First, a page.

Don't Exaggerate Significance of SNB's Loss

Earlier today the Swiss National Bank reported a record CHF50.1 bln loss. It has got the chins wagging, but the real implications are minor.  The losses are not realized and are unlikely to be repeated.  In fact, if the SNB's report had covered the month of July, the loss would likely have been smaller.  

More of the SNB's loss stemmed from the valuation of its foreign currency holdings in the face of franc appreciation, especially after the cap was abandoned in mid-January.  Here in July the franc fell nearly 3% against the US dollar and about 1.3% against the euro.  These two currencies account for nearly 3/4 of the SNB's reserves.  The franc fell 2% against sterling and 1.5% against the yen.  These four currencies together account for nearly 90% of the reserves.  

It addition to the currency valuation markdown, the SNB reported a CHF3.2 bln euro loss on its gold holdings.   Gold lost another 5% in July in franc terms.  These losses reduce the SNB's equity to CHF3.425 bln, which amounts to just shy of 6% of its assets. 

There are two implications, and they have nothing to do with the solvency of the Swiss National Bank.  The first implication, and one that central banks are sensitive to is reputational risk.  If the central bank losses money, doesn't it undermine its credibility to manage the country's economy?  While it is difficult to show that the SNB's reputation has been harmed, its performance provides its critics with fodder. 

 Switzerland's parliamentary election will be held in mid-October.  These losses allow for a politicalization of monetary policy that may not be particularly helpful.  A couple of parliamentarians are pressing the SNB to adopt a new cap for the franc (euro floor) at CHF1.15.   While this is highly unlikely to be implemented, it illustrates the frustration with the franc's appreciation.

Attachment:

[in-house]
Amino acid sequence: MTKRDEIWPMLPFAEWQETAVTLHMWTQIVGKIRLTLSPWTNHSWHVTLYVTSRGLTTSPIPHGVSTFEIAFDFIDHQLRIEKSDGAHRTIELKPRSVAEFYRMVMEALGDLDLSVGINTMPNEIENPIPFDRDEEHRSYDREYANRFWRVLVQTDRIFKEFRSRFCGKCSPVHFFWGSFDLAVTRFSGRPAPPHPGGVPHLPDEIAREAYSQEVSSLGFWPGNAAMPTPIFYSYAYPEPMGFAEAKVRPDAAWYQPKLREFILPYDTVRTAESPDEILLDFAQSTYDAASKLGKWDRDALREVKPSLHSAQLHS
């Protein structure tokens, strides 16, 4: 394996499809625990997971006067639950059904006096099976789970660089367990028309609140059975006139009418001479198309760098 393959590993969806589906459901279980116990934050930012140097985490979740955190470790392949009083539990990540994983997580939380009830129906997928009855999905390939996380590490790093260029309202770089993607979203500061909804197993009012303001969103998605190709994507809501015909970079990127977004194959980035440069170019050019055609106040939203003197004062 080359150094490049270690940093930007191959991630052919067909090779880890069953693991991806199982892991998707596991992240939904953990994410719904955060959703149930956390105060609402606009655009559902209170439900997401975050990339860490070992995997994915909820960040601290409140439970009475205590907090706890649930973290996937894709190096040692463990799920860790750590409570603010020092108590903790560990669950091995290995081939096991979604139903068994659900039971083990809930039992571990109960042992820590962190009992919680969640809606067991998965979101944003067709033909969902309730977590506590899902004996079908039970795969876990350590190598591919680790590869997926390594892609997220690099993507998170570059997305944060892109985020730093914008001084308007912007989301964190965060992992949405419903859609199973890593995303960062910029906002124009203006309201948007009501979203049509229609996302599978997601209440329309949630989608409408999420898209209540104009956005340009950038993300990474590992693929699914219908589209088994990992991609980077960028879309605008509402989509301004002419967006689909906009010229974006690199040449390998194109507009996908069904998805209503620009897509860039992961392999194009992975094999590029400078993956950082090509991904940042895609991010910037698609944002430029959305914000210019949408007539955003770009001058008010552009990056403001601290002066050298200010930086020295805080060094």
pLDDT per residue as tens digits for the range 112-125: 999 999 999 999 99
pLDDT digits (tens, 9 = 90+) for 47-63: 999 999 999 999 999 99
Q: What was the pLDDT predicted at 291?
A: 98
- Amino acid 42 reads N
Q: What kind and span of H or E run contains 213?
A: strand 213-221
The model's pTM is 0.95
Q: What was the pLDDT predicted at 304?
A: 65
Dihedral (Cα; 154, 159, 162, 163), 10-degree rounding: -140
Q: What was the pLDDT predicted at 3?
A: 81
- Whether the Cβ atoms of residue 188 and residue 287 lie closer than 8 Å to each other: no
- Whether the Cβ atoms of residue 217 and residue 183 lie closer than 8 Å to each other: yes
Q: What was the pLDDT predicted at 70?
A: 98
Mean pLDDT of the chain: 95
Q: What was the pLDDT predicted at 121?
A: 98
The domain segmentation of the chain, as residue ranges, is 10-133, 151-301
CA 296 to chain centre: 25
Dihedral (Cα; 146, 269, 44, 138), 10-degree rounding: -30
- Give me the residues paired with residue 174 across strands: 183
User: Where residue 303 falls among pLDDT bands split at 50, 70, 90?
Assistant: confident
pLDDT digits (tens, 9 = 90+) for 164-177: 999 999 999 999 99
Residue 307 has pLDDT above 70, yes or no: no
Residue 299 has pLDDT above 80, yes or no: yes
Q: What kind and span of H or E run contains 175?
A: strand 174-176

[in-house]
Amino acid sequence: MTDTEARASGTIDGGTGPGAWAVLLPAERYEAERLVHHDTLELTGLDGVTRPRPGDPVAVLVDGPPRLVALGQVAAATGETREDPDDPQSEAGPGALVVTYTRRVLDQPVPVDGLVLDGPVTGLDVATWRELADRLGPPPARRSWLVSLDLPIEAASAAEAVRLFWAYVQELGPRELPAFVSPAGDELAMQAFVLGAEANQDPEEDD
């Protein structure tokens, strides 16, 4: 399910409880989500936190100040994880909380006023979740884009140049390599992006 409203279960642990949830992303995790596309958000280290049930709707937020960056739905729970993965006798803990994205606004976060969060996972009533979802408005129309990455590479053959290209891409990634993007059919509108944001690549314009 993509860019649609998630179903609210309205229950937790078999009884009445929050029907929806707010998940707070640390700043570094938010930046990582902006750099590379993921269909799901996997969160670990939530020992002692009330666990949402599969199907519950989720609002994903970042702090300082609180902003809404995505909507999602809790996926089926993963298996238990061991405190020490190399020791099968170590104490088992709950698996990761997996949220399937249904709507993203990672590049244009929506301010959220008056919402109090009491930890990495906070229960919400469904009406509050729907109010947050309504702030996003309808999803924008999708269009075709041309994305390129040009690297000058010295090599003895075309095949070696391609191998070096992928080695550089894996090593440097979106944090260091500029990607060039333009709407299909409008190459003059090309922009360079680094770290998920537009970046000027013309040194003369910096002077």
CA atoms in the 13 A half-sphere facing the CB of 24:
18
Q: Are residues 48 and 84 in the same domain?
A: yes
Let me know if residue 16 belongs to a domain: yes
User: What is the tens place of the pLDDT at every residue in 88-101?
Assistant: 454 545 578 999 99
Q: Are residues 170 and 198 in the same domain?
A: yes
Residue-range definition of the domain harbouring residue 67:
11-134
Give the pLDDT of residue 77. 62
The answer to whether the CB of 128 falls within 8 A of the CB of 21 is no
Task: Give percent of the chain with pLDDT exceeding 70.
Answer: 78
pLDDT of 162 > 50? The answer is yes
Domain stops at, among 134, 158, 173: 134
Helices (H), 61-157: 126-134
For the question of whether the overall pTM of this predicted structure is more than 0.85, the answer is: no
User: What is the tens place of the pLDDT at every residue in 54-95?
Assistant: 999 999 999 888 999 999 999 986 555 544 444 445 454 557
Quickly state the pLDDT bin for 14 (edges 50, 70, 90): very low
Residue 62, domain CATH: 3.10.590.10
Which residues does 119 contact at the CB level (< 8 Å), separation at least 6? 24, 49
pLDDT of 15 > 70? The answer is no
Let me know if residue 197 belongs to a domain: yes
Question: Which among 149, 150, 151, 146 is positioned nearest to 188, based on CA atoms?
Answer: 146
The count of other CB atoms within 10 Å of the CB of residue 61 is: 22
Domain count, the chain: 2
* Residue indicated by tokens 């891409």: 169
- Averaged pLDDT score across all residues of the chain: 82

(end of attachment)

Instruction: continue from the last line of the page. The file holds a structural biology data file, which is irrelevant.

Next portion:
The SNB appears to have been given a free pass on its effort to stem the rise of the franc.  In 2013, Switzerland's current account surplus was 10.7% of GDP.  Last  year, it fell back to 7%.  The OECD expects its to be 10.1% of GDP this year and 10.5% next year.   Countries with such substantial surpluses often come under international pressure to reduce the imbalance.  

However, a closer inspection of the Swiss current account composition suggests that it is not particularly sensitive to currency appreciation.  There are three main drivers of the Swiss current account surplus and trade is not one of them.  

First, the largest contributor is from investment income.  These are mostly coupon and dividends on foreign portfolio investment.  In this context we note Japan is evolving in the same direction.  Its investment income often overwhelms the trade balance on the current account.  

Second, financial services are important but are not driven by currency fluctuations.  Third, officials point to what is called "merchanting."  It is the sales of goods that do not cross Swiss borders.  This arises primarily from the commodity trading businesses that are located in Switzerland.  This activity can account for 1/4-1/3 of the Swiss current account surplus. 

The other implication of the SNB's loss is that it may be unable to make its customary payout to the federal government and cantons.  Some cantons depend on payment from the SNB to reach their fiscal targets.  The failure to make a payment in 2013 due to the fall in gold saw criticism heaped on the central bank. 

The record loss of the SNB is embarrassing, and it gives its critics fresh ammunition ahead of the national election.  It could squeeze the finances of a few cantons, but it already has distributed CHF1 bln earlier this year based on last year's profits.  Its losses, largely an accounting function and not realized, is of little economic or financial consequence. 


Don't Exaggerate Significance of SNB's Loss Don't Exaggerate Significance of SNB's Loss Reviewed by Marc Chandler on July 31, 2015 Rating: 5
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